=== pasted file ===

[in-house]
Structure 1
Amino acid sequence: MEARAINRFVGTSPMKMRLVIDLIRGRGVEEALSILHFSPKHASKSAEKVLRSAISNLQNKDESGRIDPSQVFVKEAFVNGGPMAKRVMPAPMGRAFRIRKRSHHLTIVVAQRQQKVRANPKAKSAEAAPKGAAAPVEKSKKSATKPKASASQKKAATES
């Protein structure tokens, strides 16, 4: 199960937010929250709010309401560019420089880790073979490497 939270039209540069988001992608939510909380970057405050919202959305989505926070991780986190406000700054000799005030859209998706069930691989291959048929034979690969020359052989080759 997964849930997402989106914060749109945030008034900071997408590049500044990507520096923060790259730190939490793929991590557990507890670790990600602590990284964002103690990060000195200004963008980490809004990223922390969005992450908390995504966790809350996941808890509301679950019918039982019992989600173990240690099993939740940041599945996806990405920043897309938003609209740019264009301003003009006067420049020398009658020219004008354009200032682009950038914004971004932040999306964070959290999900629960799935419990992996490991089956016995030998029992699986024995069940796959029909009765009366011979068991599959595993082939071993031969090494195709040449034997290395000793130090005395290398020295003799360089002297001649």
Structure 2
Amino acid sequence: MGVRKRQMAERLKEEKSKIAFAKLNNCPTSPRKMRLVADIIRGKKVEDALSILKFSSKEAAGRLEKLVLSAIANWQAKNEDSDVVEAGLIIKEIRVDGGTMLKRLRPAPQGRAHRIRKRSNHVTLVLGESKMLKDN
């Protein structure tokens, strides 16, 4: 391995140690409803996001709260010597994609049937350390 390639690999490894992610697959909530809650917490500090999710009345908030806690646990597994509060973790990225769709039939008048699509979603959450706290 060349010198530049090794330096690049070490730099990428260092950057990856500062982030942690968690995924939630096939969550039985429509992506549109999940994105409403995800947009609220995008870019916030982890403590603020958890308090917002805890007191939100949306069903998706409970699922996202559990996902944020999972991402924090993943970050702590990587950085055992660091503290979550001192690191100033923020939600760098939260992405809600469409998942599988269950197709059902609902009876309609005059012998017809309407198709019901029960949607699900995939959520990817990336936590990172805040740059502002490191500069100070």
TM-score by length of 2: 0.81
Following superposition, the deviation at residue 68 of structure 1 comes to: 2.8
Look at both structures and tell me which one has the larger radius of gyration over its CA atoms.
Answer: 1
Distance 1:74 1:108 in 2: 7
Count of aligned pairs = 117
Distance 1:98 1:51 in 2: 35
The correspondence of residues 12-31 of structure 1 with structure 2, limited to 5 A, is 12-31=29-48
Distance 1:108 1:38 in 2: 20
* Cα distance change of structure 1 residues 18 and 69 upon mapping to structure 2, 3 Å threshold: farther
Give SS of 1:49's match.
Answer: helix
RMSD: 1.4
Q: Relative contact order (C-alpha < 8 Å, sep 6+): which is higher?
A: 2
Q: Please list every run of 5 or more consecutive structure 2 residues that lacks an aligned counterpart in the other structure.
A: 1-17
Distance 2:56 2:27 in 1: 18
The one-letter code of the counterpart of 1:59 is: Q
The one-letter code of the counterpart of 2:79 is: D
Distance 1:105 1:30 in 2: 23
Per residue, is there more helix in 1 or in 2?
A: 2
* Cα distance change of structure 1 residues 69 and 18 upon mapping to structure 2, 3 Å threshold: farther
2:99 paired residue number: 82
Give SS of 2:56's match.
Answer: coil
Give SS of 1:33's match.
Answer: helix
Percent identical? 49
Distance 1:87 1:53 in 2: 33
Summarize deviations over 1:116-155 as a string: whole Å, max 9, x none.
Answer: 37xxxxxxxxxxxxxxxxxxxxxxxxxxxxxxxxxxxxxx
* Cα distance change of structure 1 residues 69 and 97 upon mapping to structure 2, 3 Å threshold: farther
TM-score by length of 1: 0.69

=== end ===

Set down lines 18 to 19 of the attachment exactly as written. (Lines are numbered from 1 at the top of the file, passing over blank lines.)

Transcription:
Give SS of 1:49's match.
Answer: helix